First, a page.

IRIS Receives Funding for Greenland Ice Sheet Monitoring Network

The IRIS Consortium has been awarded $1.9M in Major Research Instrumentation (MRI) funding from the US National Science Foundation for the 3-year development of a Greenland Ice Sheet Monitoring Network (GLISN) under the direction of  Rhett Butler, Kent R. Anderson, and David W. Simpson. The development effort is a coordinated international collaboration of 8 nations - Denmark, Canada, Germany, Italy, Japan, Norway, Switzerland, and USA - for a new broadband seismic capability for Greenland. The project will establish a real-time sensor array of 25 stations to enhance and upgrade the performance of the scarce existing Greenland seismic infrastructure for detecting, locating, and characterizing glacial earthquakes and other cryo-seismic phenomena, and contribute to our understanding of Ice Sheet dynamics. Complementing data from satellites, geodesy, and other sources and in concert with these technologies, GLISN will provide a powerful tool for detecting change and will advance new frontiers of research in glacial systems; the underlying geological and geophysical processes affecting the Greenland Ice Sheet; interactions between oceans, climate, and the cryosphere; and other multidisciplinary areas of interest to geoscience and climate dynamics. The development of the telemetry infrastructure linking the sites together into a coherent framework creates the temporal resolving capability and potential for rapid scientific response. All data from GLISN will be freely and openly available to anyone in real-time, without restriction.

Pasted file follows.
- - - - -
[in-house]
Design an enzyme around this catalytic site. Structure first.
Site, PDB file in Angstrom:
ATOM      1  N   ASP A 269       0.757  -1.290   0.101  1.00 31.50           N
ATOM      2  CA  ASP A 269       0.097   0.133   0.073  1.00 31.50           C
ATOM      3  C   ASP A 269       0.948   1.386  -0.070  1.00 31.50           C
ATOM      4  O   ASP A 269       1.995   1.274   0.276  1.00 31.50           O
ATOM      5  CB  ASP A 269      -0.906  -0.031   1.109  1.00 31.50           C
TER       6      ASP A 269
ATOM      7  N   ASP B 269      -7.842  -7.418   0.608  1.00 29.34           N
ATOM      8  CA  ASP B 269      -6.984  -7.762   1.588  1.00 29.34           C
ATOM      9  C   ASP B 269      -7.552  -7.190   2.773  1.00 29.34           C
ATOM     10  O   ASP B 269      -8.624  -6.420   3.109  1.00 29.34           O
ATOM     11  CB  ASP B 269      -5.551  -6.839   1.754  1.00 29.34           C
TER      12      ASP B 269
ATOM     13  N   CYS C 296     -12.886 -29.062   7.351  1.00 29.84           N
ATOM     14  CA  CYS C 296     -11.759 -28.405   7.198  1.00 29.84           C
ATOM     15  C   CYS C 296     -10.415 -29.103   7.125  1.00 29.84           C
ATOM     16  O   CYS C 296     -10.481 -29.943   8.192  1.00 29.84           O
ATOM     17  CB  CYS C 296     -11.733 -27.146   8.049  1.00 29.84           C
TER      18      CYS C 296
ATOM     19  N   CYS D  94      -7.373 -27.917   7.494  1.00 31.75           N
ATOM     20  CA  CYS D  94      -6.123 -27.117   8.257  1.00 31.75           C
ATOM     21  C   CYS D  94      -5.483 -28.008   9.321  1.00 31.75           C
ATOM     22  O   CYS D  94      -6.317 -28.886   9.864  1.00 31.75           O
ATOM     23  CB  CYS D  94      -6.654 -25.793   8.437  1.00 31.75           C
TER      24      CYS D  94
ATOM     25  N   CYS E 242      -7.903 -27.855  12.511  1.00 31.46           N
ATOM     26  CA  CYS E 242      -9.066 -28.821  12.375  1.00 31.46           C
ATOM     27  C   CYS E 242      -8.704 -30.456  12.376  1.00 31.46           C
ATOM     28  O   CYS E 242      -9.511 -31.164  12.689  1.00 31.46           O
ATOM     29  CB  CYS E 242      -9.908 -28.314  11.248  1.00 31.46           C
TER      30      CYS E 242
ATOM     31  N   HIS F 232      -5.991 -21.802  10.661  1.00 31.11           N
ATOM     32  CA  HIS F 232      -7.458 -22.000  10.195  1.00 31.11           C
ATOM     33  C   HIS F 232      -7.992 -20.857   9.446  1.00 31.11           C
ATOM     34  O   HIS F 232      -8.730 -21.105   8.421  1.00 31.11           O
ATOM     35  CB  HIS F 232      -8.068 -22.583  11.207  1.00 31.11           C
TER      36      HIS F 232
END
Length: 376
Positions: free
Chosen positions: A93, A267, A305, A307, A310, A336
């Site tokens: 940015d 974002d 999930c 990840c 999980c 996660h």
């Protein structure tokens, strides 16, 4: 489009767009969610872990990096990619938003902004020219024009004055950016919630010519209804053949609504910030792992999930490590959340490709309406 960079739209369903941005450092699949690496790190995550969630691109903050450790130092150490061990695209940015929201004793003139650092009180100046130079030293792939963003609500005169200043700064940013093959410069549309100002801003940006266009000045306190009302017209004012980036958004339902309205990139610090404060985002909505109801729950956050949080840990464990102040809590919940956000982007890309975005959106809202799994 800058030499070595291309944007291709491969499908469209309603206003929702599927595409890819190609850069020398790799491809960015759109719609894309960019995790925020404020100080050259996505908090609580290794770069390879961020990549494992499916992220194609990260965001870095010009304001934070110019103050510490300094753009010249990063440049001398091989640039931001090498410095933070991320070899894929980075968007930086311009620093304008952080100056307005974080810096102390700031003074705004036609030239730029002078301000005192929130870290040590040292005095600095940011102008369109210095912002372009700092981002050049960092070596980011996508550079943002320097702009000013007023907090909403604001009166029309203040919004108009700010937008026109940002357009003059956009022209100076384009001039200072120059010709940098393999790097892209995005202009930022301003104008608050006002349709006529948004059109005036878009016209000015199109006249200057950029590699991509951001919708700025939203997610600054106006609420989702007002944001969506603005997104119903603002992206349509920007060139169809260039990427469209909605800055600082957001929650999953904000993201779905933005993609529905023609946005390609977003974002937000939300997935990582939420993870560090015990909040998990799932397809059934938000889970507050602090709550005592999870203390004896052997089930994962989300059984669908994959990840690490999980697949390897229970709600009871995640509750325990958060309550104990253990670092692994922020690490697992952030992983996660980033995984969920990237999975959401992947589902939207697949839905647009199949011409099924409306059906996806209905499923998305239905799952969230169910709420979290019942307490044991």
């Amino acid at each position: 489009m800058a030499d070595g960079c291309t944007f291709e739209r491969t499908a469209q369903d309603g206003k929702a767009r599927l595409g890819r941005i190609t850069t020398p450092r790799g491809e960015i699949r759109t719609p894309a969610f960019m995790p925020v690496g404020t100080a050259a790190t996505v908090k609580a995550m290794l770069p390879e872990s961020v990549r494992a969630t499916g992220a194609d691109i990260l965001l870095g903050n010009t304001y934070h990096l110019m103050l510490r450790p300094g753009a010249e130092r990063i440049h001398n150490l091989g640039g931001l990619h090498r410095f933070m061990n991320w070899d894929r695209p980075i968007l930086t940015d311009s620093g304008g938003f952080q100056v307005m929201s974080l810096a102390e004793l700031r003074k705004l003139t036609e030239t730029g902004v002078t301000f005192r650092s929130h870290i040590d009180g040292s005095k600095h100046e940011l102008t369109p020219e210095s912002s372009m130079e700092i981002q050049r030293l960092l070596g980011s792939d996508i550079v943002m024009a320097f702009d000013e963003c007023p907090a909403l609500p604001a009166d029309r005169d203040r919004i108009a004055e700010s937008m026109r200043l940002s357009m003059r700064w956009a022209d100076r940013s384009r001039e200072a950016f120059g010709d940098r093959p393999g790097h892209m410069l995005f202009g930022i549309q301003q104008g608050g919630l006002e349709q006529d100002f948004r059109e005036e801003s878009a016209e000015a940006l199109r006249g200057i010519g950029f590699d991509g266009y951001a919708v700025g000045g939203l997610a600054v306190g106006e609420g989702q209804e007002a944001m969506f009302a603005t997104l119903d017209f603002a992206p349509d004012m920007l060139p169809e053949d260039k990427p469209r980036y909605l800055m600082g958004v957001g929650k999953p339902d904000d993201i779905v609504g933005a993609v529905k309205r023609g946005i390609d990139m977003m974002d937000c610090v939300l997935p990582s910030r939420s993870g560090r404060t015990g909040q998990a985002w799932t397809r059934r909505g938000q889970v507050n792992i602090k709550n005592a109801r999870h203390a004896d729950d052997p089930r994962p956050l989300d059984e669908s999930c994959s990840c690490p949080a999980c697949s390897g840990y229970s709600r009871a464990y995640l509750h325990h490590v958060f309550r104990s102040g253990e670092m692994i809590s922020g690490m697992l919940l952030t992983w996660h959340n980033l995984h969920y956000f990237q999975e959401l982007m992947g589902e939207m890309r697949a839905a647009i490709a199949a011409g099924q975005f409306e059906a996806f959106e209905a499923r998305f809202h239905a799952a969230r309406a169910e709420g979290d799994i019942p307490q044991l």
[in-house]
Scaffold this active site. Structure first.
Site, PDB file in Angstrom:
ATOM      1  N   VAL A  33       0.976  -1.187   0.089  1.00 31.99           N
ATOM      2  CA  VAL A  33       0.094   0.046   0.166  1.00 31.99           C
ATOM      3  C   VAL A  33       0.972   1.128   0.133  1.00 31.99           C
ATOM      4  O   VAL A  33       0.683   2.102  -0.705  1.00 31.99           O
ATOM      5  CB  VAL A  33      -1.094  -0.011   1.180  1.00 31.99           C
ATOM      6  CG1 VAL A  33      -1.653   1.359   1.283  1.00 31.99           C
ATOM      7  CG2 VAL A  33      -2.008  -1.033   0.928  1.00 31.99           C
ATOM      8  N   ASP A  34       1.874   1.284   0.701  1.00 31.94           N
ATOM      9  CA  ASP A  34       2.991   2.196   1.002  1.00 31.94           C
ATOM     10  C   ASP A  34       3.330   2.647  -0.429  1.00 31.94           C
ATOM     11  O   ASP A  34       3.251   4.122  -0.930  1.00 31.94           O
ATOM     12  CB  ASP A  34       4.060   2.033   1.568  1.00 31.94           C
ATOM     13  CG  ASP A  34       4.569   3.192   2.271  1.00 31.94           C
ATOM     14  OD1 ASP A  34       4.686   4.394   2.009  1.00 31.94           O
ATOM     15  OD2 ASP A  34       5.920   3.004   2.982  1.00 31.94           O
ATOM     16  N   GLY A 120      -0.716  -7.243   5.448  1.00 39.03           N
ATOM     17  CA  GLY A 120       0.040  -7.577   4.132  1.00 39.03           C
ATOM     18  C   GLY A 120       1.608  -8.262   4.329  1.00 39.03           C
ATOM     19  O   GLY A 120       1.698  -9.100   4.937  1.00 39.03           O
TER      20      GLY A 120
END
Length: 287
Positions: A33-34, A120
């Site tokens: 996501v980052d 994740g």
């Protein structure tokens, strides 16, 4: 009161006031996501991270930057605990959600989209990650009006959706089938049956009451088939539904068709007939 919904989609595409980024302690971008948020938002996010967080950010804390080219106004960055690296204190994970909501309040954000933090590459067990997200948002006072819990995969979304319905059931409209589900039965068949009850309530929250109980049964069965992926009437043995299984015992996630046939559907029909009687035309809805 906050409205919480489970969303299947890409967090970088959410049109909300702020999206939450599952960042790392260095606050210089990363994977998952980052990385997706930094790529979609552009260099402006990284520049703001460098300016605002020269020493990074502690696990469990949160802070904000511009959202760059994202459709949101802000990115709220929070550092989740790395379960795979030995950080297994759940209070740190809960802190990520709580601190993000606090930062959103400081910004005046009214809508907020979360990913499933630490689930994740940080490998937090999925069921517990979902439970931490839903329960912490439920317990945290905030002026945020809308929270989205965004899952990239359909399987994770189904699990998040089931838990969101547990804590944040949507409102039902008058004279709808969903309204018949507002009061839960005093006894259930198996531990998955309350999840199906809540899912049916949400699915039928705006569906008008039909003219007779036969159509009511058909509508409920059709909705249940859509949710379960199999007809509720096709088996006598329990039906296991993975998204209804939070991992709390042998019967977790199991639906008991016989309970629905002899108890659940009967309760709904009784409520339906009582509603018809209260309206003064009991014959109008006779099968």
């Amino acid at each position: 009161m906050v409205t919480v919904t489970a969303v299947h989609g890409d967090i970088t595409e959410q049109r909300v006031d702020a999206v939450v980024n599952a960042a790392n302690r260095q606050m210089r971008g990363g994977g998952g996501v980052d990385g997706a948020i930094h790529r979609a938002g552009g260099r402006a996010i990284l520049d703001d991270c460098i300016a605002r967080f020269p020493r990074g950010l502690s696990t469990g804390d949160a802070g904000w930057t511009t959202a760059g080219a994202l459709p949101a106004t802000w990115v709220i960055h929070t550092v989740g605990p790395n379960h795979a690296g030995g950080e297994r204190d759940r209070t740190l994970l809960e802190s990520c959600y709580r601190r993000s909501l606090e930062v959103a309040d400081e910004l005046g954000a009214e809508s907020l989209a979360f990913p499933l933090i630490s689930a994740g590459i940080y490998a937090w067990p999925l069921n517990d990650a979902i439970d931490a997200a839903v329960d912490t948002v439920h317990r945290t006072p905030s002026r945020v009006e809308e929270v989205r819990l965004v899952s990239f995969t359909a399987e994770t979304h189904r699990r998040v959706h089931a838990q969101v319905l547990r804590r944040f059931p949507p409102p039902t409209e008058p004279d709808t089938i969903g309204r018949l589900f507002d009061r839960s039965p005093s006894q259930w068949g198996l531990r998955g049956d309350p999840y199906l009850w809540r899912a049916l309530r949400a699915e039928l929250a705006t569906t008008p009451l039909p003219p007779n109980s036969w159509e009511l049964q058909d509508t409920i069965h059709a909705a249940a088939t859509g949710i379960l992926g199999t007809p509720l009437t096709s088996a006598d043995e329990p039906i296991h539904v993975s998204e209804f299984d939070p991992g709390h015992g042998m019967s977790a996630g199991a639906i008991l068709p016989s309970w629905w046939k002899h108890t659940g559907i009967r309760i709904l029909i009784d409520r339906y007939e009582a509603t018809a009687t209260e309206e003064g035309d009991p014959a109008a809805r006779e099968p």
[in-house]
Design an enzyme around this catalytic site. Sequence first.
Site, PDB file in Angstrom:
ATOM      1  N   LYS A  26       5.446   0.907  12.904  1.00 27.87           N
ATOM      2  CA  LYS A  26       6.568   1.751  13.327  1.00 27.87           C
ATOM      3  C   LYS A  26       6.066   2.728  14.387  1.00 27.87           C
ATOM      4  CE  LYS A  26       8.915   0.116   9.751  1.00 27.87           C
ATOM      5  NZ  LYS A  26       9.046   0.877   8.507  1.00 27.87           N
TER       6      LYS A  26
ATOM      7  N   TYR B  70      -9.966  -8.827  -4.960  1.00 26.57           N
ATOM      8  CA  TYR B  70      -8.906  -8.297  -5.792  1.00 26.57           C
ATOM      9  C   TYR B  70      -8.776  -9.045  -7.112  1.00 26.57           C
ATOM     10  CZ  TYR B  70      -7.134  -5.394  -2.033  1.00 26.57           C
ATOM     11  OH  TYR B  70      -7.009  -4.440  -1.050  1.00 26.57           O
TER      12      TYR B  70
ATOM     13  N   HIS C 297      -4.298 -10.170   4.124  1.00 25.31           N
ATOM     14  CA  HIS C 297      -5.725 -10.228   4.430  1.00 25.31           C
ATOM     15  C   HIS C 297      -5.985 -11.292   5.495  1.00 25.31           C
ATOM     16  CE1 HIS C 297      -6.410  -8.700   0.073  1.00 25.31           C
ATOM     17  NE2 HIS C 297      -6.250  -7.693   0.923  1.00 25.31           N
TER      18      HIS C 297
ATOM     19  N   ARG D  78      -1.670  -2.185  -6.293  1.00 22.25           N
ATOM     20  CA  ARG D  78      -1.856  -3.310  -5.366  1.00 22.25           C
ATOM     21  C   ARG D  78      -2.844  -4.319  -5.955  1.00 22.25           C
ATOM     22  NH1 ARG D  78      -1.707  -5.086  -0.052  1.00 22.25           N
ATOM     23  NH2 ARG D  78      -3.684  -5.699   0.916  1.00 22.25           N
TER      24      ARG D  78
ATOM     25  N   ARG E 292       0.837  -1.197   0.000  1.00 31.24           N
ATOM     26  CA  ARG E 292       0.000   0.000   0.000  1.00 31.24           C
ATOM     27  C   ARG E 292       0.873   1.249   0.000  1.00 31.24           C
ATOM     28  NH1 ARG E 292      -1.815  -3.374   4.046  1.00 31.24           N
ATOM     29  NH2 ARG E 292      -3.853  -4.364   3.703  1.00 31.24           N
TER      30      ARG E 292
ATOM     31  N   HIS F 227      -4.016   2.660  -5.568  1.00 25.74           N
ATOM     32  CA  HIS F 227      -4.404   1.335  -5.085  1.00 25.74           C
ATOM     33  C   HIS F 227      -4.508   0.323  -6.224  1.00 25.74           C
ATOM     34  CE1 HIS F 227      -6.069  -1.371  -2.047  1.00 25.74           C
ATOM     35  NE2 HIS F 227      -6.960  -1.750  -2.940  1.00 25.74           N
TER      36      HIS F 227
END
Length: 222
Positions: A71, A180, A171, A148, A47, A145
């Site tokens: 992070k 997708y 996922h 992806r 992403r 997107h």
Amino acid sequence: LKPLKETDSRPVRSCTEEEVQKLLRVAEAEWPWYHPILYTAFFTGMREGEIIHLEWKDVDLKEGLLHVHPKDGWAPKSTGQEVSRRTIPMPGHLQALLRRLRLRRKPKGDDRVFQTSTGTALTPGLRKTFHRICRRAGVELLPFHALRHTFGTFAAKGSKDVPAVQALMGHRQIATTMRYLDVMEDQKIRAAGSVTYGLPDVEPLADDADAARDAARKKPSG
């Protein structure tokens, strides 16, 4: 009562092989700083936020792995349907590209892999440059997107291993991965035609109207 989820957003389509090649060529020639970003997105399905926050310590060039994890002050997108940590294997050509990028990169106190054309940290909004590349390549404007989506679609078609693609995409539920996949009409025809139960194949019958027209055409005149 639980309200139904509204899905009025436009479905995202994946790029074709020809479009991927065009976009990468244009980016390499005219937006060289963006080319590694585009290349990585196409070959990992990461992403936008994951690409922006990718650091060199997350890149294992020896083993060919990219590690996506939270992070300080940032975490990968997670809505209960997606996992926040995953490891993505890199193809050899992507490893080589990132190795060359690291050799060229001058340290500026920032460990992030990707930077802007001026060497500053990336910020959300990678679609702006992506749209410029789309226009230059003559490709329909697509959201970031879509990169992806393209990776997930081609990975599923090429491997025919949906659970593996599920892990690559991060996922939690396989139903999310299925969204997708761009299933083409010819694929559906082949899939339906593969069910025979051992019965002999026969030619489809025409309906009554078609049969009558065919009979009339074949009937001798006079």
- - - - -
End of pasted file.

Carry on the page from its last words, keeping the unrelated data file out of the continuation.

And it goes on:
The instrument development of GLISN is focused on 1) upgrading equipment and adding real-time telemetry to existing seismic infrastructure in Greenland; 2) installing new, telemetered, broadband seismic stations on Greenland's perimeter and ice sheet; 3) coalescing telemetry from existing real-time, high-quality, broadband stations in and around Greenland into the GLISN network; and 4) distributing the real-time data to users and international data centers. In collaboration with GLISN, the Global Centroid Moment Tensor Project at Lamont-Doherty Earth Observatory will provide a near-real-time catalog of glacial earthquakes. The development incorporates state-of-the-art broadband seismometers and data acquisition; Iridium and local Internet; power systems capable of autonomous operation throughout the polar year; and stable, well-coupled installations on bedrock and the Ice Sheet. GPS will also be installed at sites on the Ice Sheet. Work on the engineering and technical side of the IRIS project will be performed by the field engineering staff at the New Mexico Tech PASSCAL Instrument Center.

The map shows the location of existing real-time broadband seismic stations (red) joining GLISN with open data sharing and sites (green) where equipment, telemetry, and infrastructure is being installed and upgraded in concert with GLISN partners.